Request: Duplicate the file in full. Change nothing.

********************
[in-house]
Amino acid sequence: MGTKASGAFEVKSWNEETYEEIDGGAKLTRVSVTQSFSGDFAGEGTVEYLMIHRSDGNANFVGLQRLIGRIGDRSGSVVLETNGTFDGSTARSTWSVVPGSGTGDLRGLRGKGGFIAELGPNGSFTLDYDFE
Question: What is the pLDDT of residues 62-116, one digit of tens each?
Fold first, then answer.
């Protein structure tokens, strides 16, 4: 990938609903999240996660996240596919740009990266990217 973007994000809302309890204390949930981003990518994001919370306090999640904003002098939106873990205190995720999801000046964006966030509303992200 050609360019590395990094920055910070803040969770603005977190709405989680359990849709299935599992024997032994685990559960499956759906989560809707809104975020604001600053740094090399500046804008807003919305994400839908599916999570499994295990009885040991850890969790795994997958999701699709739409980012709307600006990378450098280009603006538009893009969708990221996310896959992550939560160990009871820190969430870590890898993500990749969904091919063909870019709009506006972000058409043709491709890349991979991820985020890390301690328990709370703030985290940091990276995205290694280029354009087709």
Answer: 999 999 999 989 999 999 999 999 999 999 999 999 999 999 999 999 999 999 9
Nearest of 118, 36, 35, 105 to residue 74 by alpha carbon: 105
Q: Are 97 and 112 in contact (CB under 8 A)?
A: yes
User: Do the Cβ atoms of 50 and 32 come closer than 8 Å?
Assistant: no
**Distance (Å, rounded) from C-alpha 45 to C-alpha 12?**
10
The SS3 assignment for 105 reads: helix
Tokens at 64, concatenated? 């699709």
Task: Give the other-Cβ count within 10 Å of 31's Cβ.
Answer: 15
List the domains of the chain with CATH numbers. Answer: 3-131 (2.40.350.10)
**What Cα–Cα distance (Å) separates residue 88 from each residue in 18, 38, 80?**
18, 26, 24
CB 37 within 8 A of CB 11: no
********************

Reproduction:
[in-house]
Amino acid sequence: MGTKASGAFEVKSWNEETYEEIDGGAKLTRVSVTQSFSGDFAGEGTVEYLMIHRSDGNANFVGLQRLIGRIGDRSGSVVLETNGTFDGSTARSTWSVVPGSGTGDLRGLRGKGGFIAELGPNGSFTLDYDFE
Question: What is the pLDDT of residues 62-116, one digit of tens each?
Fold first, then answer.
């Protein structure tokens, strides 16, 4: 990938609903999240996660996240596919740009990266990217 973007994000809302309890204390949930981003990518994001919370306090999640904003002098939106873990205190995720999801000046964006966030509303992200 050609360019590395990094920055910070803040969770603005977190709405989680359990849709299935599992024997032994685990559960499956759906989560809707809104975020604001600053740094090399500046804008807003919305994400839908599916999570499994295990009885040991850890969790795994997958999701699709739409980012709307600006990378450098280009603006538009893009969708990221996310896959992550939560160990009871820190969430870590890898993500990749969904091919063909870019709009506006972000058409043709491709890349991979991820985020890390301690328990709370703030985290940091990276995205290694280029354009087709």
Answer: 999 999 999 989 999 999 999 999 999 999 999 999 999 999 999 999 999 999 9
Nearest of 118, 36, 35, 105 to residue 74 by alpha carbon: 105
Q: Are 97 and 112 in contact (CB under 8 A)?
A: yes
User: Do the Cβ atoms of 50 and 32 come closer than 8 Å?
Assistant: no
**Distance (Å, rounded) from C-alpha 45 to C-alpha 12?**
10
The SS3 assignment for 105 reads: helix
Tokens at 64, concatenated? 């699709």
Task: Give the other-Cβ count within 10 Å of 31's Cβ.
Answer: 15
List the domains of the chain with CATH numbers. Answer: 3-131 (2.40.350.10)
**What Cα–Cα distance (Å) separates residue 88 from each residue in 18, 38, 80?**
18, 26, 24
CB 37 within 8 A of CB 11: no